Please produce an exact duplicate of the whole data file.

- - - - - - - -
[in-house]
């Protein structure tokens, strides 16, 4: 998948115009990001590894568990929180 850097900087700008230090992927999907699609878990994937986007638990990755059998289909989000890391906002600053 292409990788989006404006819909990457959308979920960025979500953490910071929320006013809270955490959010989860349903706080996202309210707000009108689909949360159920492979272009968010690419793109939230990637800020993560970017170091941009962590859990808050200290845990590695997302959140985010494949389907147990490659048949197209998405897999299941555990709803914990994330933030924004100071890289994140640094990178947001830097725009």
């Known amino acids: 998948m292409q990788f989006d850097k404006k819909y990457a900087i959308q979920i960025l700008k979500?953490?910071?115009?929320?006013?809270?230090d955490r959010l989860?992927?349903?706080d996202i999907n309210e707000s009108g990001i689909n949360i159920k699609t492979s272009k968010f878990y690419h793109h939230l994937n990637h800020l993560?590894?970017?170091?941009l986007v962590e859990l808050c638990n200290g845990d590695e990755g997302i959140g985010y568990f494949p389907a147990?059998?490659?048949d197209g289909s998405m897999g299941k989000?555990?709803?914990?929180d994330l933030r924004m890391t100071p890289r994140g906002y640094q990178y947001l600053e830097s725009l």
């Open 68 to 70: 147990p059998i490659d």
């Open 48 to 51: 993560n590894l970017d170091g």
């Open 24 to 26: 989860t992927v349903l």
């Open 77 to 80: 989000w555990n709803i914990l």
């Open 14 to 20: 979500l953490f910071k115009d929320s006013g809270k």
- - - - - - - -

[in-house]
């Protein structure tokens, strides 16, 4: 998948115009990001590894568990929180 850097900087700008230090992927999907699609878990994937986007638990990755059998289909989000890391906002600053 292409990788989006404006819909990457959308979920960025979500953490910071929320006013809270955490959010989860349903706080996202309210707000009108689909949360159920492979272009968010690419793109939230990637800020993560970017170091941009962590859990808050200290845990590695997302959140985010494949389907147990490659048949197209998405897999299941555990709803914990994330933030924004100071890289994140640094990178947001830097725009």
């Known amino acids: 998948m292409q990788f989006d850097k404006k819909y990457a900087i959308q979920i960025l700008k979500?953490?910071?115009?929320?006013?809270?230090d955490r959010l989860?992927?349903?706080d996202i999907n309210e707000s009108g990001i689909n949360i159920k699609t492979s272009k968010f878990y690419h793109h939230l994937n990637h800020l993560?590894?970017?170091?941009l986007v962590e859990l808050c638990n200290g845990d590695e990755g997302i959140g985010y568990f494949p389907a147990?059998?490659?048949d197209g289909s998405m897999g299941k989000?555990?709803?914990?929180d994330l933030r924004m890391t100071p890289r994140g906002y640094q990178y947001l600053e830097s725009l």
């Open 68 to 70: 147990p059998i490659d």
């Open 48 to 51: 993560n590894l970017d170091g």
């Open 24 to 26: 989860t992927v349903l």
């Open 77 to 80: 989000w555990n709803i914990l």
């Open 14 to 20: 979500l953490f910071k115009d929320s006013g809270k």